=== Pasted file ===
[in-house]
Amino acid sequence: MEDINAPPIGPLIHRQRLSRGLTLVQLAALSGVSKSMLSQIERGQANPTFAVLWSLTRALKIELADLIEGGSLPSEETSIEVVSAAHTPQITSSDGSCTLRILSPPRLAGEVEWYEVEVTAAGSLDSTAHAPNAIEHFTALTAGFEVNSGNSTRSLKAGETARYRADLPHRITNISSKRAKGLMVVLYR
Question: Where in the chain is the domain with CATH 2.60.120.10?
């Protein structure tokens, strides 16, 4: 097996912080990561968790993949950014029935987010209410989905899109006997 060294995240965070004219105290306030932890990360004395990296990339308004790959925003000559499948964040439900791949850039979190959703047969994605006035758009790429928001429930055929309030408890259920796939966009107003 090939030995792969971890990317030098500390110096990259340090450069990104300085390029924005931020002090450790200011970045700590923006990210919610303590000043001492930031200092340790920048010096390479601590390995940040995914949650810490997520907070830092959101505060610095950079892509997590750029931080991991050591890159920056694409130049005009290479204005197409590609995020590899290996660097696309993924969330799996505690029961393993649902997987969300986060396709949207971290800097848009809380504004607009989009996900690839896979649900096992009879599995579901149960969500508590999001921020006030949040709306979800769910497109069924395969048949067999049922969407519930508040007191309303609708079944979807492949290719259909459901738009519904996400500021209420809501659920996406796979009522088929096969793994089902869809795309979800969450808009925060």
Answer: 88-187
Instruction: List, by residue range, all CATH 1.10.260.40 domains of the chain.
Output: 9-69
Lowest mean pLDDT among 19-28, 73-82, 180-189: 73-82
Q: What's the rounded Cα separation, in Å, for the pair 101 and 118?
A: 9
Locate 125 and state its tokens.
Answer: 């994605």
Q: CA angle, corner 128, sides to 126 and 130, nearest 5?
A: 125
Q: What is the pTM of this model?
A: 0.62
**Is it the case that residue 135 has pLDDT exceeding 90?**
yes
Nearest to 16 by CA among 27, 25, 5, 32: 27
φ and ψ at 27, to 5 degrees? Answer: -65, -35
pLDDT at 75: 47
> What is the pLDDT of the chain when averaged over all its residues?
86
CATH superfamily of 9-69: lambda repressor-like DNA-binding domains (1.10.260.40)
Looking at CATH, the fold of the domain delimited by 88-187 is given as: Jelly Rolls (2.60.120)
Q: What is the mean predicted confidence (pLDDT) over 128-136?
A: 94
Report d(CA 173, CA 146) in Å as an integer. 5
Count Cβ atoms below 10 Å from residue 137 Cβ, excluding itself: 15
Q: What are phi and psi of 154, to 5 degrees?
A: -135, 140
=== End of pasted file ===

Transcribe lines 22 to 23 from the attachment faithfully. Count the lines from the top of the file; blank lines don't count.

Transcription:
> What is the pLDDT of the chain when averaged over all its residues?
86